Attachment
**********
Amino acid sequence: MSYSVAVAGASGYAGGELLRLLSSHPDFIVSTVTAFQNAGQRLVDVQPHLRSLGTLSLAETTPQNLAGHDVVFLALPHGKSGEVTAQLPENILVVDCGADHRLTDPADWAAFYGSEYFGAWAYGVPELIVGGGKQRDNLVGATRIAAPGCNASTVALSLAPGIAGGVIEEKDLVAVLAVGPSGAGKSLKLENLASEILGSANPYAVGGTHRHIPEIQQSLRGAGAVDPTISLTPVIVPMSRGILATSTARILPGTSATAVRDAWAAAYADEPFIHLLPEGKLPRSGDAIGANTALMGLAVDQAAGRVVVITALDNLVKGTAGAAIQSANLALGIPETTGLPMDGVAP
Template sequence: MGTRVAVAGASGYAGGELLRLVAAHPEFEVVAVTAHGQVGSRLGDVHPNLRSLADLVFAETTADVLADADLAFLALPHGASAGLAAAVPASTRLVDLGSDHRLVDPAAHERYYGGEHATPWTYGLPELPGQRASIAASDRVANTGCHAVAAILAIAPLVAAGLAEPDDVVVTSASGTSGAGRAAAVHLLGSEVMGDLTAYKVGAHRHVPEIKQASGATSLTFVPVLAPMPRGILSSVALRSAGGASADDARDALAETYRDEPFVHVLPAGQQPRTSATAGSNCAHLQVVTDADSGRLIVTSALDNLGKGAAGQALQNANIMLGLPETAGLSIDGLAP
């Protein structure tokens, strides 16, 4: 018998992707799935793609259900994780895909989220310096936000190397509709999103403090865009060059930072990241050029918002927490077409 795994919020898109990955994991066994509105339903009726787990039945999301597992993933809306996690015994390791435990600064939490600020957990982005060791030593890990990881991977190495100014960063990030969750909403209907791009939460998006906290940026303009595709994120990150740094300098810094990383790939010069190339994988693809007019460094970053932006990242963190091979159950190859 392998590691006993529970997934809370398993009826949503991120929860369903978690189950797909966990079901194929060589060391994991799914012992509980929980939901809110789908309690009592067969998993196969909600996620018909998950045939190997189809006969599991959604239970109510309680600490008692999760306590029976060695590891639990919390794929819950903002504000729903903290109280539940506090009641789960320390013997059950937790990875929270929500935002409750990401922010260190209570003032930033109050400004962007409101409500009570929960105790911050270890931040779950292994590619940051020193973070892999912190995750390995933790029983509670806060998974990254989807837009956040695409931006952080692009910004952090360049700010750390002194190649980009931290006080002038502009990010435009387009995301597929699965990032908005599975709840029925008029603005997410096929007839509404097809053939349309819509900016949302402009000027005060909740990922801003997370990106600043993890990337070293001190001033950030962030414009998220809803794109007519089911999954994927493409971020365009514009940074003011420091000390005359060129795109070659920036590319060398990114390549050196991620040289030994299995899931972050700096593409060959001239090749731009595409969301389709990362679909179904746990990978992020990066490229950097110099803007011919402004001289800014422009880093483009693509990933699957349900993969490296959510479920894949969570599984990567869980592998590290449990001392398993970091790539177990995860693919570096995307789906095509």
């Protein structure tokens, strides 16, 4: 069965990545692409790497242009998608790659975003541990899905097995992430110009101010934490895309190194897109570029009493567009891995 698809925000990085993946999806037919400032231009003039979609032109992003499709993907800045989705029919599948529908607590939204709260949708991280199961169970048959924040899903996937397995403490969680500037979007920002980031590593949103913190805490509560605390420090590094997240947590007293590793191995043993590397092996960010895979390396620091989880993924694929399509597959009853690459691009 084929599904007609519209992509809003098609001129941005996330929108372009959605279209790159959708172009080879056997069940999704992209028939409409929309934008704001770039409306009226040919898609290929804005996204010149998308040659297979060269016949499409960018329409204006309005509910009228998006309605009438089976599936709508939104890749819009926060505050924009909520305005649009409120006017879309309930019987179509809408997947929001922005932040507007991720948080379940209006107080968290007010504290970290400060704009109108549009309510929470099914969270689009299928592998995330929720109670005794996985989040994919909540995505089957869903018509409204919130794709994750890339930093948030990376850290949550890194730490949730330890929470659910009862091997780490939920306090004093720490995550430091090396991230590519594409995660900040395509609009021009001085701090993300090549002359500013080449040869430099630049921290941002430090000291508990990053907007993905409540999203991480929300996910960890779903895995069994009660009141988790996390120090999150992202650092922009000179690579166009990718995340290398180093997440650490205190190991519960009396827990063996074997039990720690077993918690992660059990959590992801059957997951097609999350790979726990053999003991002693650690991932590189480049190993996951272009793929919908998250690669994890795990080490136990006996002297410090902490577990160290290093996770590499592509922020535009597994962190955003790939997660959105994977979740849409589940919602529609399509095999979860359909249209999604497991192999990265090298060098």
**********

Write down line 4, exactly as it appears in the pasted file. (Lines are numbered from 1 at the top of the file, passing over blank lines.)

């Protein structure tokens, strides 16, 4: 069965990545692409790497242009998608790659975003541990899905097995992430110009101010934490895309190194897109570029009493567009891995 698809925000990085993946999806037919400032231009003039979609032109992003499709993907800045989705029919599948529908607590939204709260949708991280199961169970048959924040899903996937397995403490969680500037979007920002980031590593949103913190805490509560605390420090590094997240947590007293590793191995043993590397092996960010895979390396620091989880993924694929399509597959009853690459691009 084929599904007609519209992509809003098609001129941005996330929108372009959605279209790159959708172009080879056997069940999704992209028939409409929309934008704001770039409306009226040919898609290929804005996204010149998308040659297979060269016949499409960018329409204006309005509910009228998006309605009438089976599936709508939104890749819009926060505050924009909520305005649009409120006017879309309930019987179509809408997947929001922005932040507007991720948080379940209006107080968290007010504290970290400060704009109108549009309510929470099914969270689009299928592998995330929720109670005794996985989040994919909540995505089957869903018509409204919130794709994750890339930093948030990376850290949550890194730490949730330890929470659910009862091997780490939920306090004093720490995550430091090396991230590519594409995660900040395509609009021009001085701090993300090549002359500013080449040869430099630049921290941002430090000291508990990053907007993905409540999203991480929300996910960890779903895995069994009660009141988790996390120090999150992202650092922009000179690579166009990718995340290398180093997440650490205190190991519960009396827990063996074997039990720690077993918690992660059990959590992801059957997951097609999350790979726990053999003991002693650690991932590189480049190993996951272009793929919908998250690669994890795990080490136990006996002297410090902490577990160290290093996770590499592509922020535009597994962190955003790939997660959105994977979740849409589940919602529609399509095999979860359909249209999604497991192999990265090298060098």